Master the art of salary negotiations with HR expert, Nnanke Essien 

When you see a dress you like at a store, you estimate its value by looking carefully at its design and touching it to feel its texture. Doing this would help you estimate what the dress would probably cost. However, the store manager has priced this gorgeous-looking dress based on its value, not what you “think it should be,” and that is the importance of negotiating your salary.

According to Forbes Magazine, women will still earn 16 percent less than men in 2024. Now, the reasons for the gender pay gap are vast, and they encompass gender discrimination, gender biases, personal biases, occupational segregation and lack of investment in the girlchild. Still, we never really touch on women’s reluctance to negotiate their pay.

Many women do not negotiate salaries simply because they do not want to appear combative or difficult. According to Harvard Business Review, the reason women often don’t negotiate their salaries isn’t about their confidence or negotiation skills. Instead, it’s more about how they’re treated when they try to negotiate.

To understand the necessity of workplace negotiations and get a professional opinion on why women need to dare to ask, we spoke to Nnanke Essien, a seasoned HR professional with over 13 years of experience in human resources. Her knowledge spans multiple industries, including oil and gas, tech, telecommunication, etc. With 18 different organisations under her belt and her personal experience in negotiating her pay and salary benefits, Nnanke Essien has the answer to your workplace negotiation questions.

Why don’t women negotiate?

Image Credit: Thirdman via Pexels

Nnanke’s first attempt at negotiating didn’t go well. When she tried to start the conversation to get benefits for her work, she froze in front of her boss, unable to speak.

“I even wrote what I wanted to say in my palm, but as soon as I got there, I couldn’t utter a word simply because of my past experiences with figures of authority.”

After this experience, you would think Nnake got over it, but her second negotiation experience was also a flop. It was not until she left the company and returned as a consultant that she could bargain accurately for what she wanted.

“Ever since, I have always taken the opportunity to negotiate my pay at the beginning of all my employments, and it has never failed me.”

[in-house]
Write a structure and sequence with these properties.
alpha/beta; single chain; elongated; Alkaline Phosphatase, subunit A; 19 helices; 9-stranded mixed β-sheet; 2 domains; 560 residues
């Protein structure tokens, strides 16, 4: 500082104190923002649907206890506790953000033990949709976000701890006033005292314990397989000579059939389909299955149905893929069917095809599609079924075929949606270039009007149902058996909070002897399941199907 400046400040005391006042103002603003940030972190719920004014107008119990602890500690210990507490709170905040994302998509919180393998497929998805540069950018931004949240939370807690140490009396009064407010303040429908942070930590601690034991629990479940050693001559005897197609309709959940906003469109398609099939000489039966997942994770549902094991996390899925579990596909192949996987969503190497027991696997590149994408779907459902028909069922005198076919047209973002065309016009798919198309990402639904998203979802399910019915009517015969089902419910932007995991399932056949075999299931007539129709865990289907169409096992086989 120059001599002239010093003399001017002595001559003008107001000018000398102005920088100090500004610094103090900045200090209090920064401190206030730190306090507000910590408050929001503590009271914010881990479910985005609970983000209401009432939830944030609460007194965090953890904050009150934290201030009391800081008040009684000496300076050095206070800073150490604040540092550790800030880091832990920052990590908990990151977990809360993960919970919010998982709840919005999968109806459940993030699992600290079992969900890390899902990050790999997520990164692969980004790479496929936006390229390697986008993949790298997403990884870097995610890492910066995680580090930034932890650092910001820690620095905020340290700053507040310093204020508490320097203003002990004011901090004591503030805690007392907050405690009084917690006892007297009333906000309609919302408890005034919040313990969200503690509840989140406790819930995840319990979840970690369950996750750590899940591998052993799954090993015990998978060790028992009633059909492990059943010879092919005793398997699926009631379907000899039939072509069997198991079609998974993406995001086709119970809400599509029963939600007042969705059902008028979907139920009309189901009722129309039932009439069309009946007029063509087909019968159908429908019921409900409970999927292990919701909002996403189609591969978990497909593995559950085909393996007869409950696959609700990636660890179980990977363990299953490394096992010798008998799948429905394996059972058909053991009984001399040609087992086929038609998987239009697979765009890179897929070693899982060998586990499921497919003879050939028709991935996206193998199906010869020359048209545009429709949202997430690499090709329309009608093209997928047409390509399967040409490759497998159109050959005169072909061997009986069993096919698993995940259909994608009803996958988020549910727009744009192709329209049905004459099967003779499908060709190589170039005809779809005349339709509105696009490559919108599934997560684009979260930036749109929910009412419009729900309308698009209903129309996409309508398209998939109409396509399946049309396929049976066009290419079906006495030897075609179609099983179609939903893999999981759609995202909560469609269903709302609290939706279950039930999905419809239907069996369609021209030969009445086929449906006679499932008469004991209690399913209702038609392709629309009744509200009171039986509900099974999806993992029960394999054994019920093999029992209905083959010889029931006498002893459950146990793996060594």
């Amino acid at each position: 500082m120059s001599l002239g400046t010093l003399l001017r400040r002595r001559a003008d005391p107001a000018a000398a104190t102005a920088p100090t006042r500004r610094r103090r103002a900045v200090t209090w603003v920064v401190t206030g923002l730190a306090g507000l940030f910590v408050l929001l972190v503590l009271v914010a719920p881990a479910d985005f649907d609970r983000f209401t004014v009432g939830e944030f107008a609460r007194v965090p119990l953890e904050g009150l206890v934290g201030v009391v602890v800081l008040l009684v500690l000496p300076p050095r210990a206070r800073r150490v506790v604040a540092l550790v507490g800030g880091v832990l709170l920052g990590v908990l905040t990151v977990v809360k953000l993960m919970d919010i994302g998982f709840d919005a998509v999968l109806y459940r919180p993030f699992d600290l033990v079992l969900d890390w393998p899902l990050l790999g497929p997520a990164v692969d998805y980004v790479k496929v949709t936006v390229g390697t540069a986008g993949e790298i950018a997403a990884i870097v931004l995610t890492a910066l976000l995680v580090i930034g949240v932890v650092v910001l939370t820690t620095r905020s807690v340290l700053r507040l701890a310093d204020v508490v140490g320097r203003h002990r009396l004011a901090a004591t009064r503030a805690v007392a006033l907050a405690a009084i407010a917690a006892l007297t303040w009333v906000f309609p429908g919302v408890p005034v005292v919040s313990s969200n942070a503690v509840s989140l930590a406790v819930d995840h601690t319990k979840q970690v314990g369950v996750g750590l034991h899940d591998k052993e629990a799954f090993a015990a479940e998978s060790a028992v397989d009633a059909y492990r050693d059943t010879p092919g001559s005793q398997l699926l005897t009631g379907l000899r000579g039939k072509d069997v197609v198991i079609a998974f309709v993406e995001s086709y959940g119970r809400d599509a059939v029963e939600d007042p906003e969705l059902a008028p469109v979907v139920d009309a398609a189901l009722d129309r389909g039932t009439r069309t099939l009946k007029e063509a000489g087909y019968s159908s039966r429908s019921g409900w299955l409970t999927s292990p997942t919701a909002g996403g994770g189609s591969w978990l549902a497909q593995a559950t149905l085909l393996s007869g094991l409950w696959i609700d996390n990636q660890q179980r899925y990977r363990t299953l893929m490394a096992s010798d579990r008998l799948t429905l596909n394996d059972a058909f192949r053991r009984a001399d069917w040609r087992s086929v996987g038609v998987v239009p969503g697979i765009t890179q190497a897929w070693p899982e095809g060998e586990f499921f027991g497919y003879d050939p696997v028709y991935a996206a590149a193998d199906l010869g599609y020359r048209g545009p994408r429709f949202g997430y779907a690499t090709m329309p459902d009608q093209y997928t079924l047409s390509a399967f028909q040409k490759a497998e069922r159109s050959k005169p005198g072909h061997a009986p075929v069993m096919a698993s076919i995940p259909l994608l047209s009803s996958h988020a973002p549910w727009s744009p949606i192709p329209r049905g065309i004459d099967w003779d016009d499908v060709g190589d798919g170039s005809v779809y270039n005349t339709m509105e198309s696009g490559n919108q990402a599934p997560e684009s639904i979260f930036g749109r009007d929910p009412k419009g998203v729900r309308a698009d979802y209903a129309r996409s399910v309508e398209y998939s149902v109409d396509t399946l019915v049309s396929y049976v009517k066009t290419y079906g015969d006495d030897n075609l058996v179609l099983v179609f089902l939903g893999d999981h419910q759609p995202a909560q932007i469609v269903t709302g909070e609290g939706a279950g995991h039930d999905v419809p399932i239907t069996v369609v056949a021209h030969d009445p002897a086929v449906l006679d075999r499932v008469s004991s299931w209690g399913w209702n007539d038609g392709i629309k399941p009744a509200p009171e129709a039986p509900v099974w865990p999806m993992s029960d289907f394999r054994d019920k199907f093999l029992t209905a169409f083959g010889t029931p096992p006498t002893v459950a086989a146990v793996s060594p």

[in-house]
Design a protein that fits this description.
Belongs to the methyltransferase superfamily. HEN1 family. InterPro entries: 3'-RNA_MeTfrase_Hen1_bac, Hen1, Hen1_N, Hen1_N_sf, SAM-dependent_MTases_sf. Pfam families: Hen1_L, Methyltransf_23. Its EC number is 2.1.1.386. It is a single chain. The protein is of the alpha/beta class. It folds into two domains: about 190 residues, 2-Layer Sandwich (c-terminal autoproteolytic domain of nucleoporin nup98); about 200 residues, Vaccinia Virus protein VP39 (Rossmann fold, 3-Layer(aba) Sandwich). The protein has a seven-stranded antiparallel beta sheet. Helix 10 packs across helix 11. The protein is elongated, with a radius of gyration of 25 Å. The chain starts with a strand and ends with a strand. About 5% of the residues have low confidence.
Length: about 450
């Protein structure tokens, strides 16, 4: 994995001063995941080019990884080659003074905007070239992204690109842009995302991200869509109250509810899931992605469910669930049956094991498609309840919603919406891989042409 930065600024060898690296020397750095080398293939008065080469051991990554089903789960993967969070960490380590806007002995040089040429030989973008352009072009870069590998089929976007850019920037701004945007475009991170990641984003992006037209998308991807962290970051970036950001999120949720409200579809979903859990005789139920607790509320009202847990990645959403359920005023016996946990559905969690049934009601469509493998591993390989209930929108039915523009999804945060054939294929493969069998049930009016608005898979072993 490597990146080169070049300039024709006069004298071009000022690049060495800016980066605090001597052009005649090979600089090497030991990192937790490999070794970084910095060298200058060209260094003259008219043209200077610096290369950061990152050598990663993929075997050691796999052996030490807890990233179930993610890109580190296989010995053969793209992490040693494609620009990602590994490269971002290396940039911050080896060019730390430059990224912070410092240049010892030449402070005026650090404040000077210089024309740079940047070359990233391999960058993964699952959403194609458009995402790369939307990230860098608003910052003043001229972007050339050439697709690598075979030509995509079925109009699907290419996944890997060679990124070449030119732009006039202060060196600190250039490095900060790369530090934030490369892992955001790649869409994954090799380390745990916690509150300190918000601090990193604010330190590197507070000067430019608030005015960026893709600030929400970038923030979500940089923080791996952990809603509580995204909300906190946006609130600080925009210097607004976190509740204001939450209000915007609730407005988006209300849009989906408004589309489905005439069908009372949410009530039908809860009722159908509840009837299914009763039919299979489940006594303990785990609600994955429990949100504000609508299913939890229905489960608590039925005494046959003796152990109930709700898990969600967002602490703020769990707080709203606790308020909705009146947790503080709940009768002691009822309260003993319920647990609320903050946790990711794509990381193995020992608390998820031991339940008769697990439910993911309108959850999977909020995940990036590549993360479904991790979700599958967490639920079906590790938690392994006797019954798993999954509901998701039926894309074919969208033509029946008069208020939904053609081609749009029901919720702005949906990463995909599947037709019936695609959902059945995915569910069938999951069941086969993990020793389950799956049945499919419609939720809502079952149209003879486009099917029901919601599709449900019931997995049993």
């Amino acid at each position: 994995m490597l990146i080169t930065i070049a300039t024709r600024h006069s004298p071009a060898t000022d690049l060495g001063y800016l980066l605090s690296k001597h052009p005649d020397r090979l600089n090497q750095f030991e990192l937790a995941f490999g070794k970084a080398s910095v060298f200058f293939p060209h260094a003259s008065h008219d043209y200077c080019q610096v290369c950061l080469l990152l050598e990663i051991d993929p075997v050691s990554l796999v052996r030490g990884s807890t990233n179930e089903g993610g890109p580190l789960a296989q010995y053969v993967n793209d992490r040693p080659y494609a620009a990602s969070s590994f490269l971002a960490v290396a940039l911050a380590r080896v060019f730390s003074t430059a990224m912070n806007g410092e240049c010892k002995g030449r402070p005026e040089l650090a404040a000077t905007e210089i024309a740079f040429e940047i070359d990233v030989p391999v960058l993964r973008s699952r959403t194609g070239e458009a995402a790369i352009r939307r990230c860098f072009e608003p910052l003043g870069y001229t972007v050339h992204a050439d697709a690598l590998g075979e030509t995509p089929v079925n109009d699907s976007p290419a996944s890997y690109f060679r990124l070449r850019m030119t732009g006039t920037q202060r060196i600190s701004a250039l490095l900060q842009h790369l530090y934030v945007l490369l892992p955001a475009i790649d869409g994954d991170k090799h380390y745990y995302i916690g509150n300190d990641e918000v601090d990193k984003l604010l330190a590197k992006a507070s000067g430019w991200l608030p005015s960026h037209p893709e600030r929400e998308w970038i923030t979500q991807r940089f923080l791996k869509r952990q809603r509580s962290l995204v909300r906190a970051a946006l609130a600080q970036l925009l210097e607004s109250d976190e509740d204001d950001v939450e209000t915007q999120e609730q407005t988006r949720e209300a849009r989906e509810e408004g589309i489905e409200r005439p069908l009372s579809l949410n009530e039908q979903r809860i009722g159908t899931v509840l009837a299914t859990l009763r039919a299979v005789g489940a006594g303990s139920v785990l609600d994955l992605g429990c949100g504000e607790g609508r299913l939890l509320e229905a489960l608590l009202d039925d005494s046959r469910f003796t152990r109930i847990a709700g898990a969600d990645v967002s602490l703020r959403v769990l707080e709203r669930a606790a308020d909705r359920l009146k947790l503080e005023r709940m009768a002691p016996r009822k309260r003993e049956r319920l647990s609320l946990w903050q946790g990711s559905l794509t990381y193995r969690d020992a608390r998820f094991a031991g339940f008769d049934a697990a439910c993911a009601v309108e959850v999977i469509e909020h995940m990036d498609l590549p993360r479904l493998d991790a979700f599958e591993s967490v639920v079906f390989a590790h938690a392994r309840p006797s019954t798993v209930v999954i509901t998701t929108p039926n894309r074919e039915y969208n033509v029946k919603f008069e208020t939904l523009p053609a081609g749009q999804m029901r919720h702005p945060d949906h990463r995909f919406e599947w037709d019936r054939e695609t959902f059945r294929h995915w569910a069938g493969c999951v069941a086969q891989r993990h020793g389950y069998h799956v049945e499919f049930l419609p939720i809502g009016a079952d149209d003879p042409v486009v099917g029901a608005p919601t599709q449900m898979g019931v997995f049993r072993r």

There are hundreds of research papers on the internet explaining why women are hesitant to negotiate their pay; however, in Nnanke’s experience, there are more social and cultural complexities to the issue. Some of them are:

  • Being in an environment where the majority or even decision makers have been greatly sensitized by societal and cultural standards or an environment where the mindsets of the majority haven’t been renewed or transformed as it relates to traditional societal and cultural standards.
  • Being in an environment where personal bias and not culture drive decision-making, where values may be on paper and on the website but, in reality, on the back burner.
  • They may also face the challenge of themselves; either they have feelings of not being enough or the conditioning to be content.
  • They may also have faced backlashes or rebuttals when even requesting or negotiating for little things, and that creates a significant experience that prevents them from asking for more.
  • There are not enough role models to show how to negotiate or succeed; even some who have succeeded may think it was sheer luck or a higher power that helped them.

So, in essence, there are many reasons why women are reluctant to negotiate their salaries, including, but not limited to, environmental challenges, leadership lapses, consistent rebuttal in the environment, and, of course, the absence of role models in the workplace.

Initiating salary negotiations

Initiating salary negotiations can happen at two significant points: the first is during the interview, and the second is after significant work has been done.

Negotiating during the interview

One thing you should never do when initiating salary negotiations at the interview stage is acknowledge that there’s a budget for the role. According to Nnanke, there are more empowering ways to ask about the salary. Ask questions like, ‘Can you provide more information about the salary range?’ Asking in this manner would throw the ball entirely in the recruiter’s court, giving you better leeway to understand your position in the conversation.